In a crowded automotive ecosystem, car shoppers rely on only a small handful of trustworthy resources when researching and purchasing a vehicle, according to a new report by C+R Research. Through an independent study commissioned by, C+R Research found that the majority of consumers demand explicit control during the car shopping process, opting to use independent automotive research sites and experience-based activities, such as visiting a dealership and talking with friends, rather than traditional advertising channels, to navigate the still-arduous process of buying a car.

Automotive Marketing Consumer Sources“Consumers can be overwhelmed by automotive content, but rather than tune it all out, they’re selecting the pieces that are most valuable to them, effectively curating their own car buying experience,” said Simon Tiffen, senior manager of advertiser insights at “They’re willing to put the time in to gather all the information they need so that they’re confident when they eventually head to the dealership.”

Additional findings from the study include:

  • Exposure, influence and utility of sources: From TV and radio advertisements to independent research sites and offline conversations, consumers are inundated with auto-related messages – across all platforms – throughout the car shopping process; however, the majority of consumers report being influenced by just six to seven sources. Of those sources, only one or two are used as primary decision making tools. These “go-to” sources are typically viewed as the most helpful and trustworthy by consumers.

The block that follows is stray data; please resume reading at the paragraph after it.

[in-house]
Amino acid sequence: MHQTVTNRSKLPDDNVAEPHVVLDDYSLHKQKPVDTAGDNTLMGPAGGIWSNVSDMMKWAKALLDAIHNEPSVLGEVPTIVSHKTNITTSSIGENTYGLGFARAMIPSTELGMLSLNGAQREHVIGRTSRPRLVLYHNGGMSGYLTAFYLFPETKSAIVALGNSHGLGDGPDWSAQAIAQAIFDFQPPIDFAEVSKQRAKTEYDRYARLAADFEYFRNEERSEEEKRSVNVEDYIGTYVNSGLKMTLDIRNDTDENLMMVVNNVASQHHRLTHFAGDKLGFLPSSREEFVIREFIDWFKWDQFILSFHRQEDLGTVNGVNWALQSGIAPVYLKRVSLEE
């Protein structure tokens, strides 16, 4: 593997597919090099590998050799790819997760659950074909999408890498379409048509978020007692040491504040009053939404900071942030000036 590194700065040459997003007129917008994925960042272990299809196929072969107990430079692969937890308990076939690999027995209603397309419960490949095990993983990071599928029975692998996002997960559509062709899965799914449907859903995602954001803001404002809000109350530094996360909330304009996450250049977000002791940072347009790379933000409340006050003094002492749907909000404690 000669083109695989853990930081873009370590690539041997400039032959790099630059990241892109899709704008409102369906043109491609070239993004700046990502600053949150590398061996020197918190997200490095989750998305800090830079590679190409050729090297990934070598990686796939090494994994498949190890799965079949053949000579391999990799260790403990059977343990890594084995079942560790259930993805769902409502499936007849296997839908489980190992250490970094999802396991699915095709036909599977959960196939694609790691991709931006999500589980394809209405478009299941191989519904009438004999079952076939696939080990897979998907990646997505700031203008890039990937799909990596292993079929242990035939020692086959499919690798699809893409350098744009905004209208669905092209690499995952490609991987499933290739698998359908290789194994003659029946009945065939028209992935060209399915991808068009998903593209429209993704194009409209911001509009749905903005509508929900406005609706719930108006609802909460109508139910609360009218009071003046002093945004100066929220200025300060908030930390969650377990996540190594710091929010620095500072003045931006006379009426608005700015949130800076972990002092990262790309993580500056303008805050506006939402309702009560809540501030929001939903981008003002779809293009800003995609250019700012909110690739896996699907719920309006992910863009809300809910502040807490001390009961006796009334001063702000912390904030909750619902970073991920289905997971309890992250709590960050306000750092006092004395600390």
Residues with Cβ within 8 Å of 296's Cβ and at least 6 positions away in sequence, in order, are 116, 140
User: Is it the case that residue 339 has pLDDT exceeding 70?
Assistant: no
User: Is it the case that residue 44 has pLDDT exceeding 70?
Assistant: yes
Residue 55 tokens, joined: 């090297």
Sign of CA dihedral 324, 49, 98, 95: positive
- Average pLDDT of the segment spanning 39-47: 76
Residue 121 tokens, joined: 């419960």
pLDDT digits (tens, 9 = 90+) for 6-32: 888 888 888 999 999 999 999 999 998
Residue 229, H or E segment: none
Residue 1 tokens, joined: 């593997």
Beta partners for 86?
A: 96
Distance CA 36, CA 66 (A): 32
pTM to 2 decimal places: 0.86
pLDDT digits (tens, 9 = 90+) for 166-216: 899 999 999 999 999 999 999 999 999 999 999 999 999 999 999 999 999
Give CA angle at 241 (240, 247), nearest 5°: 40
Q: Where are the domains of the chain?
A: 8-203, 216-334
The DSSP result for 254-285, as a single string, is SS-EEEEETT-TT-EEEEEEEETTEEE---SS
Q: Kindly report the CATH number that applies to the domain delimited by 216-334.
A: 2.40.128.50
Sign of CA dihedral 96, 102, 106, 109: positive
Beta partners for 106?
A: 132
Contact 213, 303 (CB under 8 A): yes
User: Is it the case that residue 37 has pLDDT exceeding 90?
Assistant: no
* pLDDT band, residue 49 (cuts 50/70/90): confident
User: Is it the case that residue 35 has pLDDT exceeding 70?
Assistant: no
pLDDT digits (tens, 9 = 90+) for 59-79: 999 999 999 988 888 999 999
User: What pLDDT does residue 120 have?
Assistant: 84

• Offline experiences, not offline advertisements, influence consumers: The most influential offline information sources are experience-based and include: talking to friends, visiting a dealership and noticing a vehicle on the street. Only nine percent of shoppers were influenced by outdoor ads, while just 8 percent cited radio advertisements as influencing their buying decision.
  • Digital sources have a significant impact on vehicle and dealership consideration: 2 in 3 shoppers referred to an online source as being one of their “go-to” resources; nearly half of shoppers cited independent research sites as being a primary shopping tool.
  • Online research is a substitute for dealership contact: Only half of all car shoppers reported contacting a dealership prior to visiting, with most citing that they felt it was unnecessary given the information available online.
Click to download study
Click to download study

“Not all sources are the same, and consumers are quick to realize this,” said Tiffen. “Each source serves a different purpose during the shopping journey, which makes understanding context critical. For example, though a manufacturer’s TV or radio advertisement might help a consumer gain awareness for a particular vehicle, there’s still a gap in trust. The consumer is going to build their knowledge of the advertised product and verify facts using additional, less-biased sources before making a decision.”

For more on our Digital Influence study, listen to the archive of our Sept 4 webinar featuring Dealer Trainer Jack Simmons and Simon Tiffen. Click here to view archive.